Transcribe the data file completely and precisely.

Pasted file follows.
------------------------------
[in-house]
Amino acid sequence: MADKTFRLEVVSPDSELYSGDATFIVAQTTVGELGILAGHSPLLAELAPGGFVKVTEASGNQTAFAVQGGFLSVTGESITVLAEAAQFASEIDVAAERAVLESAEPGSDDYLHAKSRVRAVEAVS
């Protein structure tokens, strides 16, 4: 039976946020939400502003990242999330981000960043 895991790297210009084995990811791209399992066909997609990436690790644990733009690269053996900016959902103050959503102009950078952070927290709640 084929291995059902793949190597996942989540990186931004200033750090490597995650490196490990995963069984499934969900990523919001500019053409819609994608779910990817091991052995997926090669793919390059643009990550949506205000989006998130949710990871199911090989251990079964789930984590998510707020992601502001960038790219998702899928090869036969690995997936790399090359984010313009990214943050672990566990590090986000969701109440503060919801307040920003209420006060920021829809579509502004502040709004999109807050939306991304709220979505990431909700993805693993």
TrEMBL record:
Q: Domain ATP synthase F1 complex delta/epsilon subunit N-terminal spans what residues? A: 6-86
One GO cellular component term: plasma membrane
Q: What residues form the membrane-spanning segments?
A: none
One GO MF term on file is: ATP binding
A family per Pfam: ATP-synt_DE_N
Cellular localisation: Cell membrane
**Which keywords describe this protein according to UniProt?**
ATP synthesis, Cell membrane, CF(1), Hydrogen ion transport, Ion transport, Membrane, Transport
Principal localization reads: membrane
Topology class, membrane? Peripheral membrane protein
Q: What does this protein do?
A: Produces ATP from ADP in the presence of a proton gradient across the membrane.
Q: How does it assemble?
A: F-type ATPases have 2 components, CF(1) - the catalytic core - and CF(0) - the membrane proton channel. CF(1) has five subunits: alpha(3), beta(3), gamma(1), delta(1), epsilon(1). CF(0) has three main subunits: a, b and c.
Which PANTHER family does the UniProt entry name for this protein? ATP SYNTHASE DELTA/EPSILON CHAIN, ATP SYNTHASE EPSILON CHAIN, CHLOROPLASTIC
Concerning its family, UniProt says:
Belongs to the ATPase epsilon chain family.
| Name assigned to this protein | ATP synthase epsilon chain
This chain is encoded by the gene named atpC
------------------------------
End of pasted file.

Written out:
[in-house]
Amino acid sequence: MADKTFRLEVVSPDSELYSGDATFIVAQTTVGELGILAGHSPLLAELAPGGFVKVTEASGNQTAFAVQGGFLSVTGESITVLAEAAQFASEIDVAAERAVLESAEPGSDDYLHAKSRVRAVEAVS
């Protein structure tokens, strides 16, 4: 039976946020939400502003990242999330981000960043 895991790297210009084995990811791209399992066909997609990436690790644990733009690269053996900016959902103050959503102009950078952070927290709640 084929291995059902793949190597996942989540990186931004200033750090490597995650490196490990995963069984499934969900990523919001500019053409819609994608779910990817091991052995997926090669793919390059643009990550949506205000989006998130949710990871199911090989251990079964789930984590998510707020992601502001960038790219998702899928090869036969690995997936790399090359984010313009990214943050672990566990590090986000969701109440503060919801307040920003209420006060920021829809579509502004502040709004999109807050939306991304709220979505990431909700993805693993």
TrEMBL record:
Q: Domain ATP synthase F1 complex delta/epsilon subunit N-terminal spans what residues? A: 6-86
One GO cellular component term: plasma membrane
Q: What residues form the membrane-spanning segments?
A: none
One GO MF term on file is: ATP binding
A family per Pfam: ATP-synt_DE_N
Cellular localisation: Cell membrane
**Which keywords describe this protein according to UniProt?**
ATP synthesis, Cell membrane, CF(1), Hydrogen ion transport, Ion transport, Membrane, Transport
Principal localization reads: membrane
Topology class, membrane? Peripheral membrane protein
Q: What does this protein do?
A: Produces ATP from ADP in the presence of a proton gradient across the membrane.
Q: How does it assemble?
A: F-type ATPases have 2 components, CF(1) - the catalytic core - and CF(0) - the membrane proton channel. CF(1) has five subunits: alpha(3), beta(3), gamma(1), delta(1), epsilon(1). CF(0) has three main subunits: a, b and c.
Which PANTHER family does the UniProt entry name for this protein? ATP SYNTHASE DELTA/EPSILON CHAIN, ATP SYNTHASE EPSILON CHAIN, CHLOROPLASTIC
Concerning its family, UniProt says:
Belongs to the ATPase epsilon chain family.
| Name assigned to this protein | ATP synthase epsilon chain
This chain is encoded by the gene named atpC